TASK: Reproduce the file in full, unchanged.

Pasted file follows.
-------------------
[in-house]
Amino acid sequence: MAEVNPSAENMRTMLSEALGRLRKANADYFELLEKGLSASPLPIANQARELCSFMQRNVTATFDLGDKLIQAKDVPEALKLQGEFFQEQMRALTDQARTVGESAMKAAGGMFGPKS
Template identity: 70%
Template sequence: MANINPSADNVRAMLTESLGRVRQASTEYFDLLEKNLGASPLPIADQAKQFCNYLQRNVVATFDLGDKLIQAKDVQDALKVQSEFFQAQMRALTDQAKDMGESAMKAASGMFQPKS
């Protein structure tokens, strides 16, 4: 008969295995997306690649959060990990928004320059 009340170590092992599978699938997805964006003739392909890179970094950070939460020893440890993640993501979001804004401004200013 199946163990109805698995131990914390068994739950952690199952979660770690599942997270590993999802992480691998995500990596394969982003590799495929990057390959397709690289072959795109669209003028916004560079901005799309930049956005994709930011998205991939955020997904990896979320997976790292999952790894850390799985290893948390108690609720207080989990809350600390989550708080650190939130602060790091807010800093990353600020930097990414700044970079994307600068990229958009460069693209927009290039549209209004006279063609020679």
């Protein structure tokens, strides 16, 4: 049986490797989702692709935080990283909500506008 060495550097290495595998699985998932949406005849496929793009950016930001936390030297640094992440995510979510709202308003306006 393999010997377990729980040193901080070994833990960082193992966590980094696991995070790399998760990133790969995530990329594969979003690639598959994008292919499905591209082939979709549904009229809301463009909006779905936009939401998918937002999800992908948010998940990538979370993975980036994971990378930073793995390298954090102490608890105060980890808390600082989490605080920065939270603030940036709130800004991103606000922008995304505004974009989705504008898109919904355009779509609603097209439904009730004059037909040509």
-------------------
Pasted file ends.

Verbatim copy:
[in-house]
Amino acid sequence: MAEVNPSAENMRTMLSEALGRLRKANADYFELLEKGLSASPLPIANQARELCSFMQRNVTATFDLGDKLIQAKDVPEALKLQGEFFQEQMRALTDQARTVGESAMKAAGGMFGPKS
Template identity: 70%
Template sequence: MANINPSADNVRAMLTESLGRVRQASTEYFDLLEKNLGASPLPIADQAKQFCNYLQRNVVATFDLGDKLIQAKDVQDALKVQSEFFQAQMRALTDQAKDMGESAMKAASGMFQPKS
């Protein structure tokens, strides 16, 4: 008969295995997306690649959060990990928004320059 009340170590092992599978699938997805964006003739392909890179970094950070939460020893440890993640993501979001804004401004200013 199946163990109805698995131990914390068994739950952690199952979660770690599942997270590993999802992480691998995500990596394969982003590799495929990057390959397709690289072959795109669209003028916004560079901005799309930049956005994709930011998205991939955020997904990896979320997976790292999952790894850390799985290893948390108690609720207080989990809350600390989550708080650190939130602060790091807010800093990353600020930097990414700044970079994307600068990229958009460069693209927009290039549209209004006279063609020679």
């Protein structure tokens, strides 16, 4: 049986490797989702692709935080990283909500506008 060495550097290495595998699985998932949406005849496929793009950016930001936390030297640094992440995510979510709202308003306006 393999010997377990729980040193901080070994833990960082193992966590980094696991995070790399998760990133790969995530990329594969979003690639598959994008292919499905591209082939979709549904009229809301463009909006779905936009939401998918937002999800992908948010998940990538979370993975980036994971990378930073793995390298954090102490608890105060980890808390600082989490605080920065939270603030940036709130800004991103606000922008995304505004974009989705504008898109919904355009779509609603097209439904009730004059037909040509």